Turbo Leadership Systems

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March 13, 2012 Issue 371 To our clients and friends

Charged Up

Larry W. Dennis, Sr.
Turbo Leadership

Praise always pays

Arlen, a battery distribution center warehouse manager, told our Leadership Development Lab (LDL):

“About six months ago, Mike, one of our warehousemen, transferred from our southeast location to our Beaverton warehouse. He was accustomed to a very slow paced environment compared to what he was going to be experiencing at our location. You could say he had a habit of moving at about 30% of our pace and seemed to like it that way. He had definitely become a product of his former working environment. (We are all, to some degree, products of our surroundings. We naturally acclimate and conform to our surroundings.) He showed up at our Beaverton warehouse with the attitude that all he had to do was phone our customers for orders and do the computer work. I explained to him that in addition to phone customers for orders and entering the orders into the computer in the morning, he would also be pulling orders in the afternoon. Pulling orders is a part of the job Mike had not anticipated being responsible for, and it involves a lot of manual labor. He developed and displayed a bad attitude immediately and, of course, his bad attitude was influencing other employees in a negative way. I tried several ways to get through to him, but he was not receptive. He was not happy with his new added workload and everyone at our location was made aware of it.

“Then on a Monday in early December, we had an exceptionally busy day. We sold and shipped over 2,400 batteries that day and everyone had to pitch in. Mike worked like I’ve never seen him work before. He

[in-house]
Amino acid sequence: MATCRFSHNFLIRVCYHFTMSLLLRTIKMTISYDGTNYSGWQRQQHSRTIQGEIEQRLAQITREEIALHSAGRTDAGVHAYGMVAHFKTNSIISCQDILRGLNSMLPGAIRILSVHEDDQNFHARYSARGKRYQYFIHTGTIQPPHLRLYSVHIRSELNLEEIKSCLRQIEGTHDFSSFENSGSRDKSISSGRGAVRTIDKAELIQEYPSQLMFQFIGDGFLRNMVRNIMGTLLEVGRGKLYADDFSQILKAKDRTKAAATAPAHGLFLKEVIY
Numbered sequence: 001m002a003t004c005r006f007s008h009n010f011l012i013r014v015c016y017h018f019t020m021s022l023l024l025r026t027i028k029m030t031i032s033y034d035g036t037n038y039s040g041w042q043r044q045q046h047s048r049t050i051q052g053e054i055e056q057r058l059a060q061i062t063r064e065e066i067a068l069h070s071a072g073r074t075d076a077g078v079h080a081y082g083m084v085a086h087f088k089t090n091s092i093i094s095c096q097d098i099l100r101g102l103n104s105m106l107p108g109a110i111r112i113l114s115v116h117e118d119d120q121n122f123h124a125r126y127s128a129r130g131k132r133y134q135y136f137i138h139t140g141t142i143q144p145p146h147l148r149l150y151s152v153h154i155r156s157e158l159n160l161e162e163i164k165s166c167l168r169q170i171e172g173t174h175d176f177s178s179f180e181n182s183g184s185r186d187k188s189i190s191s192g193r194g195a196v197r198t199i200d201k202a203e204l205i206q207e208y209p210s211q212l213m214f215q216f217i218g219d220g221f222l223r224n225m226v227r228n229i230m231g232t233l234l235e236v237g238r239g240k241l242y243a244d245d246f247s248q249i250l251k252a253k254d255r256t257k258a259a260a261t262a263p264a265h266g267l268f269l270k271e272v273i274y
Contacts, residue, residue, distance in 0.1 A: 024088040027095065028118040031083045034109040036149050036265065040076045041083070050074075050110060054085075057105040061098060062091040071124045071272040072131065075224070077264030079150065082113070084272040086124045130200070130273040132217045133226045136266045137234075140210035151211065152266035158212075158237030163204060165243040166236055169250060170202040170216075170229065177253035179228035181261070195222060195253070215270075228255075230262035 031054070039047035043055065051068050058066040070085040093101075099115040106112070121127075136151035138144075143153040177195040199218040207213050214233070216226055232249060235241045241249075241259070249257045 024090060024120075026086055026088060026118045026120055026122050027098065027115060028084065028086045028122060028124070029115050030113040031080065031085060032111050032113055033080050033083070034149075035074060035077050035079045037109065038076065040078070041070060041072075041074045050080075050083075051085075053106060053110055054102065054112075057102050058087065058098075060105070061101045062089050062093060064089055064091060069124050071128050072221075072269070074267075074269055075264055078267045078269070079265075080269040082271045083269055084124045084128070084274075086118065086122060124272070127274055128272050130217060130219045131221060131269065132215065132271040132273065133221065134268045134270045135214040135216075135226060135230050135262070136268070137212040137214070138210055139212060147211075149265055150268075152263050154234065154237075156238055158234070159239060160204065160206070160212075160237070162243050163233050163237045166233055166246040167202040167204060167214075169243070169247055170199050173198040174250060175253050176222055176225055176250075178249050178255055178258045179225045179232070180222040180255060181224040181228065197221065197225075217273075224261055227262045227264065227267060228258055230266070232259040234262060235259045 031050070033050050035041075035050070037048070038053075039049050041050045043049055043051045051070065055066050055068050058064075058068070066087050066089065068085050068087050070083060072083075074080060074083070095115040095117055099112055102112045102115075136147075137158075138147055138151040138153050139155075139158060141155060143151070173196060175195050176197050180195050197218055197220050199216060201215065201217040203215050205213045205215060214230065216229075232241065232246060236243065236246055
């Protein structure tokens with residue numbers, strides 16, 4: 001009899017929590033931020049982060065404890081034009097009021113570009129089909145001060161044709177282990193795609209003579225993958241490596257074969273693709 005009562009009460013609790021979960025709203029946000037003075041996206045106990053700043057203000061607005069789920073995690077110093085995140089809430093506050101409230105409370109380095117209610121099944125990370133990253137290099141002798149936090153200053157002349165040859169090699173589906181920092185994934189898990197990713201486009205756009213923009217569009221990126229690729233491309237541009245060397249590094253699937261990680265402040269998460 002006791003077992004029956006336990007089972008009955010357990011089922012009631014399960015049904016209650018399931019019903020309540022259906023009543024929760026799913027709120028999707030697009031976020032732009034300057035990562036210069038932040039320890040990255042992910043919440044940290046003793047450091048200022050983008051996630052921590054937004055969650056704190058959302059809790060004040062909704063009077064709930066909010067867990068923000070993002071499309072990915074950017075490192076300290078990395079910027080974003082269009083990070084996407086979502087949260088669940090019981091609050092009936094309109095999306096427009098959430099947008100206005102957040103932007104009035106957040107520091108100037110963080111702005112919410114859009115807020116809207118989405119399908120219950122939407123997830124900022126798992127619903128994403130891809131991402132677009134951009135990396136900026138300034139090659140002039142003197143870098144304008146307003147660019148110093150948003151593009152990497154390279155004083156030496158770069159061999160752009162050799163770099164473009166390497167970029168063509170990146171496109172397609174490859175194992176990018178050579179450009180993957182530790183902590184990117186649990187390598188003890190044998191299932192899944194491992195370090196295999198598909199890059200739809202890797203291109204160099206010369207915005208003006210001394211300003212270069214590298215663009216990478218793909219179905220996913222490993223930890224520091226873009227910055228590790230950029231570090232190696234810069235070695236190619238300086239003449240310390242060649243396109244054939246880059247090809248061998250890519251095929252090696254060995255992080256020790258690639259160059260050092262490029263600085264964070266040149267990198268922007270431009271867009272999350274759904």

pushed himself all day long. He set the tone, the pace, the tempo for everyone else to follow. I got to work extra early the next morning and wrote a note of appreciation to our entire crew. I told them what a great job they had done. I thanked them all profusely and on the bottom of the memo, I wrote a special thanks to Mike for being the instrumental pace-setter person. I told him he was the person who set the pace and helped guarantee our success. I hung the note on the time clock for everyone to see. Believe me, you could not miss it! That was a turning point for Mike in both attitude and production. He has changed dramatically and, I believe, permanently.

“The lesson I learned from this experience is the power of praising people and publicly posting praise for peak performance.

“The action I call you to take is when someone does a job well, tell them, and tell them in front of other team members. Put it in writing and post your praise for everyone to see.

“The benefit you will gain is increased employee pride, and an incentive for others to go the extra mile so that they will gain the recognition we all seek and enjoy.”

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